“SANDAG is very pleased to be able to work out a compromise with Protea that serves the needs of future Trolley riders, and satisfies the desires of the community to see a mixed-use development at the Clairemont Drive site,” SANDAG board chair and County Board of Supervisors chair Ron Roberts said.
The Mid-Coast Trolley project will extend the existing Trolley Blue Line by 11 miles. New tracks will run from just north of the Old Town Transit Center along the existing railroad right-of-way and Interstate 5 to UCSD, and then turn east and south on Genesee Avenue to terminate at the Westfield UTC mall. Nine Trolley stations will be built, including one at Clairemont Drive.
Plans for the Mid-Coast Trolley call for building 150 parking spaces at the site off Morena Boulevard between Ingulf Street and Clairemont Drive. Under terms of the settlement, which still must be executed by staff, Protea will set aside a minimum of 150 street-level parking spaces inside a parking garage that will be built as part of a mixed-use development. Protea will maintain the parking spaces for 30 years, after which time it will be maintained at public expense.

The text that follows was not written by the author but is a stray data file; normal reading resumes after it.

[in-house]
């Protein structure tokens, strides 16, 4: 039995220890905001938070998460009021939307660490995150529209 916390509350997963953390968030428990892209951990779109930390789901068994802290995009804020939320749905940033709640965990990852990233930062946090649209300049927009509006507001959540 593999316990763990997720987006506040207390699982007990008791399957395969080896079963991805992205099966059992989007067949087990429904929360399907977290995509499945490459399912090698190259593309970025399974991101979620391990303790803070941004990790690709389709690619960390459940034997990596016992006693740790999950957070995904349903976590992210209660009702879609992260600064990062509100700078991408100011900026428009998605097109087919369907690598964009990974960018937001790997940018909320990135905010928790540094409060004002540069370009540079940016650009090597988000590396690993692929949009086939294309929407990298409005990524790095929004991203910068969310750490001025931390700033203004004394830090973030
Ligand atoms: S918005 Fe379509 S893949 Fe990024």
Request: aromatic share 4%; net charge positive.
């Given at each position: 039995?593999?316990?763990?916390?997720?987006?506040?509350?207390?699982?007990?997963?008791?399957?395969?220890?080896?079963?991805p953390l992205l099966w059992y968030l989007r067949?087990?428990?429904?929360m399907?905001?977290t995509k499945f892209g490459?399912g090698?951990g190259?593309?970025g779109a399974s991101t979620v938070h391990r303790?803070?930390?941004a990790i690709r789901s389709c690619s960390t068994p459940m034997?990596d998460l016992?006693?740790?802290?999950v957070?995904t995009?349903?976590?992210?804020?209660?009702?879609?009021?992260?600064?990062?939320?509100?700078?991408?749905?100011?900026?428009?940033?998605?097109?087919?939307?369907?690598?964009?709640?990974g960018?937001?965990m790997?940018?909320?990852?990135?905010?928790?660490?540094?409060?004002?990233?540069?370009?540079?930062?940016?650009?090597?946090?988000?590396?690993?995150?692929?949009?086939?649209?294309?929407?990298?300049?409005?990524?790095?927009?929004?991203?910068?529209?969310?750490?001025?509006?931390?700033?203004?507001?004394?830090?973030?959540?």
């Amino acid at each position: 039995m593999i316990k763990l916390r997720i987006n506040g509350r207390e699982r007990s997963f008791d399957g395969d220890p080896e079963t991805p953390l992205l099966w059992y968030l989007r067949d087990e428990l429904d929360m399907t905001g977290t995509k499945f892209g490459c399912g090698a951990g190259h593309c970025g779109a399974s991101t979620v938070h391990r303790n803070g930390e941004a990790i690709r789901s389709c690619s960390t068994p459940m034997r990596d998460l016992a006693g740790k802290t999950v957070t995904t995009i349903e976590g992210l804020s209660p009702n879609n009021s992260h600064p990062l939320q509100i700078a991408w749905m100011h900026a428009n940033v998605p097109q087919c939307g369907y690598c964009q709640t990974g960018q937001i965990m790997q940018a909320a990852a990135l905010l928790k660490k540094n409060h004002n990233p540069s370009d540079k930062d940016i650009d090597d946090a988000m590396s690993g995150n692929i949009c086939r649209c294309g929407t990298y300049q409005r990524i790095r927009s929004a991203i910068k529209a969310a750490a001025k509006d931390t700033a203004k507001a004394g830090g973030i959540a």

For the near future, SANDAG’s contractor will use the property, which is currently vacant, as a laydown yard for Trolley project construction materials.
SANDAG had been pursuing eminent domain action against the previous owner. Protea Properties then acquired the site in September 2016. SANDAG continued to pursue eminent domain, but also negotiated with Protea regarding the company’s development proposal.
The Mid-Coast Trolley represents a $2.1 billion investment to expand the regional transit network. Once built, the extension will allow transit riders to enjoy a one-seat ride (no transfers) from San Ysidro to University City. Planners estimate that the project will result in more than 20,000 new weekday Trolley trips north of Old Town.
Project construction is expected to produce more than 14,000 local jobs. Even after construction is over, the Mid-Coast Trolley will generate an estimated $116 million of economic benefit for the region each year by taking cars off the road, reducing parking needs, and increasing access to jobs. The Mid-Coast corridor supports more than 325,000 jobs. The two ends of the route – downtown San Diego and University City – account for nearly half of that total.
Pre-construction activities to clear the way for the project – primarily the relocation of underground and overhead utilities – started in early 2016. Primary construction began in October, with service anticipated to start in 2021.